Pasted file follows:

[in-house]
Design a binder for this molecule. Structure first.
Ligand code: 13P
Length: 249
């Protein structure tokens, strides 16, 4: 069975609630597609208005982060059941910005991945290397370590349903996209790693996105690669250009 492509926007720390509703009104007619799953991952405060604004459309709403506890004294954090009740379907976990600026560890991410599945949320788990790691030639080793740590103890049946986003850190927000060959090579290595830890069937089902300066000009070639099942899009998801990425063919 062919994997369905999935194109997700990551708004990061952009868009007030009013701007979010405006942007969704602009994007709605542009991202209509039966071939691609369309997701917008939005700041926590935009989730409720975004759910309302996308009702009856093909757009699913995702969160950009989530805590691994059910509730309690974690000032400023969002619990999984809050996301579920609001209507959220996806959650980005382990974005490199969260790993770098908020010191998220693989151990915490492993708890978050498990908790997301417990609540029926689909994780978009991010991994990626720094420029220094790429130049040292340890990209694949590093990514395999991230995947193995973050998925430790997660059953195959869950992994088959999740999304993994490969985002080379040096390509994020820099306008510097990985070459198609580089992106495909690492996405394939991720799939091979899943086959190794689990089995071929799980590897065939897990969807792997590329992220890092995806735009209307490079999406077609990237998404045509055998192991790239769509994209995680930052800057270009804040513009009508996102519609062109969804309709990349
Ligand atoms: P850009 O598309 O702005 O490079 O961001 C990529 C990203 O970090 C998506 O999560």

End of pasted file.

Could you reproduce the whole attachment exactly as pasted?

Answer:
[in-house]
Design a binder for this molecule. Structure first.
Ligand code: 13P
Length: 249
């Protein structure tokens, strides 16, 4: 069975609630597609208005982060059941910005991945290397370590349903996209790693996105690669250009 492509926007720390509703009104007619799953991952405060604004459309709403506890004294954090009740379907976990600026560890991410599945949320788990790691030639080793740590103890049946986003850190927000060959090579290595830890069937089902300066000009070639099942899009998801990425063919 062919994997369905999935194109997700990551708004990061952009868009007030009013701007979010405006942007969704602009994007709605542009991202209509039966071939691609369309997701917008939005700041926590935009989730409720975004759910309302996308009702009856093909757009699913995702969160950009989530805590691994059910509730309690974690000032400023969002619990999984809050996301579920609001209507959220996806959650980005382990974005490199969260790993770098908020010191998220693989151990915490492993708890978050498990908790997301417990609540029926689909994780978009991010991994990626720094420029220094790429130049040292340890990209694949590093990514395999991230995947193995973050998925430790997660059953195959869950992994088959999740999304993994490969985002080379040096390509994020820099306008510097990985070459198609580089992106495909690492996405394939991720799939091979899943086959190794689990089995071929799980590897065939897990969807792997590329992220890092995806735009209307490079999406077609990237998404045509055998192991790239769509994209995680930052800057270009804040513009009508996102519609062109969804309709990349
Ligand atoms: P850009 O598309 O702005 O490079 O961001 C990529 C990203 O970090 C998506 O999560």